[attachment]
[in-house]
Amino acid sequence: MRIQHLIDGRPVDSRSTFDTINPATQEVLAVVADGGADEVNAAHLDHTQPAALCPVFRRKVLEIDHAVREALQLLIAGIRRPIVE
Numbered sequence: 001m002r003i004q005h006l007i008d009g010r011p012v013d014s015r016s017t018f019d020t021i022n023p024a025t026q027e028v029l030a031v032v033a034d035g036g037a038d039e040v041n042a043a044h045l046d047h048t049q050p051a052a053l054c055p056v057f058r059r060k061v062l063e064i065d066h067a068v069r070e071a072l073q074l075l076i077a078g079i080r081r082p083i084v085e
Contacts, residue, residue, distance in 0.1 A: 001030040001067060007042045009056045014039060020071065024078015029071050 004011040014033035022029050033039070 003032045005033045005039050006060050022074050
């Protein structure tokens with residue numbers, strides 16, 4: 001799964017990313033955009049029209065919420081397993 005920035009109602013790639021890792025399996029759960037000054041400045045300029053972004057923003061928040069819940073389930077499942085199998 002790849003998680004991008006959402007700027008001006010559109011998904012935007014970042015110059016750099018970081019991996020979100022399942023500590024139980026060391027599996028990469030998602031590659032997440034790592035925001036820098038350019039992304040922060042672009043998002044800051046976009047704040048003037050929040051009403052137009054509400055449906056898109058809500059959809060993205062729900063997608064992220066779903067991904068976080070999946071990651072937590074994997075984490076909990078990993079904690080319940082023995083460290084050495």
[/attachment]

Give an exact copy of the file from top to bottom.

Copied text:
[in-house]
Amino acid sequence: MRIQHLIDGRPVDSRSTFDTINPATQEVLAVVADGGADEVNAAHLDHTQPAALCPVFRRKVLEIDHAVREALQLLIAGIRRPIVE
Numbered sequence: 001m002r003i004q005h006l007i008d009g010r011p012v013d014s015r016s017t018f019d020t021i022n023p024a025t026q027e028v029l030a031v032v033a034d035g036g037a038d039e040v041n042a043a044h045l046d047h048t049q050p051a052a053l054c055p056v057f058r059r060k061v062l063e064i065d066h067a068v069r070e071a072l073q074l075l076i077a078g079i080r081r082p083i084v085e
Contacts, residue, residue, distance in 0.1 A: 001030040001067060007042045009056045014039060020071065024078015029071050 004011040014033035022029050033039070 003032045005033045005039050006060050022074050
């Protein structure tokens with residue numbers, strides 16, 4: 001799964017990313033955009049029209065919420081397993 005920035009109602013790639021890792025399996029759960037000054041400045045300029053972004057923003061928040069819940073389930077499942085199998 002790849003998680004991008006959402007700027008001006010559109011998904012935007014970042015110059016750099018970081019991996020979100022399942023500590024139980026060391027599996028990469030998602031590659032997440034790592035925001036820098038350019039992304040922060042672009043998002044800051046976009047704040048003037050929040051009403052137009054509400055449906056898109058809500059959809060993205062729900063997608064992220066779903067991904068976080070999946071990651072937590074994997075984490076909990078990993079904690080319940082023995083460290084050495």